Vous êtes sur la page 1sur 11

Running head: STUDENT PRESS AND FREEDOM OF SPEECH

Student Press and Freedom of Speech


Tyler Sanders
Western Michigan University
EDLD 6590-Higher Education Law

STUDENT PRESS AND FREEDOM OF SPEECH

Student Press and Freedom of Speech


Since the creation of the United State Constitution, the specifications of rights been
debated and decided within the legal system. One right that is often debated in the nation and in
the court room is the first amendment right or freedom of speech. At colleges and universities,
this right becomes even more debated as administration and other external forces try to exert
their force upon those who are speaking up. A common debate falls within the area of student
press and media. At public institutions, the first amendment is protected as are the rights of those
individuals producing student publications on college campuses (Lake, 2011). It should be noted
that this analysis scope is narrowed to public institutions and will not analyze private institutions.
Throughout history, administration has tried to take away and regulate the voice of the
college student publication (Lake, 2011). This censorship has occurred in various ways and
different campuses and has been decided in multiple ways through the legal system. When it
comes down to the rights of the student publications, it is key to recognize that student
publications are student organizations and have the same right (Kaplan and Lee, 2014).
Therefore, it is important to recognize the right that the organization holds along with their right
to freedom of speech. The censorship can take away a policy right and a constitutional right for
the students involved with the organization and other stakeholders within student publications.
Case Example
During the creation of the January issue of the Logue, the campus newspaper and student
organization at Northwood University, editor-in-chief Jarron Lincoln had gained knowledge of
the decision to build a new fountain in the middle of campus. Upon completion of the fountain,
Lincoln had found that historical tree has been removed and that the institution had allocated
money from the student scholarship to build the fountain. After receiving this information

STUDENT PRESS AND FREEDOM OF SPEECH

Lincoln and the rest of the editorial staff had reached out to campus officials including President
Robin Bilinski, whom either did not communicate or would not answer questions at that time.
The January 13 issue of the newspapers front page had a picture of the fountain and the headline
reading "Fountains over funding" and a column outlining the information that the editorial board
had gathered. With this information reaching the student population, many students, parents, and
alumni started calling the Presidents office and university to receive clarification and to show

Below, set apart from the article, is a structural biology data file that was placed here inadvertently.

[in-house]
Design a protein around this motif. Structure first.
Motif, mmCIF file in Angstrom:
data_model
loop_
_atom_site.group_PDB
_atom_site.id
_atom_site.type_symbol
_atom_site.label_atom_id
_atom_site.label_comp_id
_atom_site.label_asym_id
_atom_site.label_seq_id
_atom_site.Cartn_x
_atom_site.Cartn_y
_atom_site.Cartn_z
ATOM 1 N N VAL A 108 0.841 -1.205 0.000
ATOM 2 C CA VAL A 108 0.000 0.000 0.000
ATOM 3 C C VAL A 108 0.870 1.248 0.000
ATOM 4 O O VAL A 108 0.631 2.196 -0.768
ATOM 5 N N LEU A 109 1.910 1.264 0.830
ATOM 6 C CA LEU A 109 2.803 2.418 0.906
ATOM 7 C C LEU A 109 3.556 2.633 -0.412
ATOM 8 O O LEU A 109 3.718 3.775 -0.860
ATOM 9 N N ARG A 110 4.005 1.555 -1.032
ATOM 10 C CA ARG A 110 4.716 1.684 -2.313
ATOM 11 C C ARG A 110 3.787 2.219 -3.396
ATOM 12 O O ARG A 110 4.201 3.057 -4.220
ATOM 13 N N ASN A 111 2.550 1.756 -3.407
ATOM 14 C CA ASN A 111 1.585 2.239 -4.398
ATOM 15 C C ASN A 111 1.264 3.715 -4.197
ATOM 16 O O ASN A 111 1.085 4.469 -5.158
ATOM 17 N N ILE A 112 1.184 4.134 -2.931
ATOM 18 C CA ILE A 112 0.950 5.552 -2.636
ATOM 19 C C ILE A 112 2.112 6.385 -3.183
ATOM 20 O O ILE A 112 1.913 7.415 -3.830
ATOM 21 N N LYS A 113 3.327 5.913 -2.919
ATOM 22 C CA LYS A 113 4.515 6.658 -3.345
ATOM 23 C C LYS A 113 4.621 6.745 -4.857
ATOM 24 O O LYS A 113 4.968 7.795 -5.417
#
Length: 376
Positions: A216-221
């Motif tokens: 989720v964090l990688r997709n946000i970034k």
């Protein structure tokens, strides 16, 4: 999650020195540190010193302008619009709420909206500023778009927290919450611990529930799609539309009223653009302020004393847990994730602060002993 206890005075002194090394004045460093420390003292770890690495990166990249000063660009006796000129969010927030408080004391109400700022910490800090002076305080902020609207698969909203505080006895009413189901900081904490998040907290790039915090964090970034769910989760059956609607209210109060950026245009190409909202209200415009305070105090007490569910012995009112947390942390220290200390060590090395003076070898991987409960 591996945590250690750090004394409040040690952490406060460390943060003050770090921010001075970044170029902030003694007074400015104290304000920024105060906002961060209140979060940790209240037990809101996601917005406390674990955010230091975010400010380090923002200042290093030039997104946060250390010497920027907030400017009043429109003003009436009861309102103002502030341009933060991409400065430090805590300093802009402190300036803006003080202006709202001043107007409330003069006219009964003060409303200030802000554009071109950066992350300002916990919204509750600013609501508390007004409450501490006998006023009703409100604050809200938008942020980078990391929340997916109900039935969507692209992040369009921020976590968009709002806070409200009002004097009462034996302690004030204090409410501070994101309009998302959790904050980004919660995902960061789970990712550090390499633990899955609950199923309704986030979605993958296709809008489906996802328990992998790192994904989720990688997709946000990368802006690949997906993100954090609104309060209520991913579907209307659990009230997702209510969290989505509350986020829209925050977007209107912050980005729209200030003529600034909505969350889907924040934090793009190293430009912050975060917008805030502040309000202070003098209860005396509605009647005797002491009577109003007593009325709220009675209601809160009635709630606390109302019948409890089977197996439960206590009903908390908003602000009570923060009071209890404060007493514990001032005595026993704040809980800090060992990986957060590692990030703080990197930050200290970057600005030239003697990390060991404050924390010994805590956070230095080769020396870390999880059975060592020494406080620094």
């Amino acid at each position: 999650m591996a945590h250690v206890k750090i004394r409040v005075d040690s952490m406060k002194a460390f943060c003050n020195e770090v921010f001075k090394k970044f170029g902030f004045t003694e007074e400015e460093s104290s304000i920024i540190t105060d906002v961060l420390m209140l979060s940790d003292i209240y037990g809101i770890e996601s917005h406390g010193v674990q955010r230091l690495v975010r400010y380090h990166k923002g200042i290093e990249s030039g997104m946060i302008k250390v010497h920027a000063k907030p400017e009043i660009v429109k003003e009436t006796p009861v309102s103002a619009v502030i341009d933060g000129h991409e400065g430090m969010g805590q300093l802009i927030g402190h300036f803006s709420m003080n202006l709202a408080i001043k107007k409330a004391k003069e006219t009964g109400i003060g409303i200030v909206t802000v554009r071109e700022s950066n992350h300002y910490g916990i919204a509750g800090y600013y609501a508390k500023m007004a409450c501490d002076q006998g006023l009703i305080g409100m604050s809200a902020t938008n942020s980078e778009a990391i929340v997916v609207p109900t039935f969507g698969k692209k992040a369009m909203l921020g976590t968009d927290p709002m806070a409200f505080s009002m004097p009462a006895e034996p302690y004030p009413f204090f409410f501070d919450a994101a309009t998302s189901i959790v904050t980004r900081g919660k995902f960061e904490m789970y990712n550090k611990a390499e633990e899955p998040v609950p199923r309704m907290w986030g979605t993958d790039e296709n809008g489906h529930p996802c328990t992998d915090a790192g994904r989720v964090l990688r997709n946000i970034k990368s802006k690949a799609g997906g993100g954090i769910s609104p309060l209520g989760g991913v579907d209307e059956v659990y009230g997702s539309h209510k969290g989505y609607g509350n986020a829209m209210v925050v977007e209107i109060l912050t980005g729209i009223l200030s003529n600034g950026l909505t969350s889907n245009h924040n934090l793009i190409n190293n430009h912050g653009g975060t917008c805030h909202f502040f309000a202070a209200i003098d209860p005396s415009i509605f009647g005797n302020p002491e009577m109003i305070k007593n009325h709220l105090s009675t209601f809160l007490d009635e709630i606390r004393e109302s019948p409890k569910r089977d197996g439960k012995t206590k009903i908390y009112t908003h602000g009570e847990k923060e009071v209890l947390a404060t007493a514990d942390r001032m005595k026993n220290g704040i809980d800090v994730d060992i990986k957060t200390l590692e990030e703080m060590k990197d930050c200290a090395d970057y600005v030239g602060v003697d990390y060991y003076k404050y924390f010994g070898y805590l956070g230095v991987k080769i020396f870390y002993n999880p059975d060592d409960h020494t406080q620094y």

disappointment in the decision. The administrations reaction was to meet with the newspaper
staff to inform them that the organization would be disbanded as funding would be removed.
Lincoln, being tied to the email sent to administration, was asked to leave the university at the
end of the semester by President Bilinski.
Table 1. Federal Law & Court Cases Relevant to Student Press and Freedom of Speech
Federal Law / Court Case
Summary
Antonelli v. Hammond, 308 F. Supp. 1329
Classroom are marketplace of idea and
(D.Mass.1970)
thus administration does not have authority
over the student press due to academic
freedom
Bazaar v. Fortune, 476 F.2d 570, 573 (5th Cir.
Decision that speech cannot be silenced by
1973)
the mere fact that there may be a public
reaction to said speech
Bd. of Regents v. Southworth, 529 U.S. 217, 229 Institutions cannot discriminate against
30, 120 S.Ct. 1346, 146 L.Ed.2d 193 (2000)
student organizations and must be neutral
in the funding of student organizations
Dixon v. Alabama State Board of Education, 294
Court decision stating that an institution
F.2d 150 (5th Cir. 1961)
cannot dismiss or expel a student without
due process
Hazelwood School District v. Kuhlmeier, 484 U.S. Decision that forum type must be taken
260, 108 S.Ct. 562, 98 L.Ed.2d 592 (1988)
into consideration on deciding whether free
speech is guaranteed with the publication
Rosenberger v. Rector & Visitors of Univ. of Va.,
Stated that the establishment clause of
515 U.S. 819, 842, 115 S.Ct. 2510, 132 L.Ed.2d
specific religions be granted privilege
700 (1995)
could not be used to discriminate funding
for student organizations
Stanley v. Magrath, 719 F.2d 279 (8th Cir. 1983)
Established at universities could not cut
funding from student organizations without
a developed reasoning
Tinker v. Des Moines Independent Community
Court case that created the precedent for

STUDENT PRESS AND FREEDOM OF SPEECH


School District, 393 U.S. 503, 513, 89 S.Ct. 733,
21 L.Ed.2d 731 (1969)
U. S. Constitution, Amendment 1

4
freedom of speech based on whether or not
said speech interrupted the educational
process for other students
Federal amendment protecting freedom of
religion, speech, press, and to assemble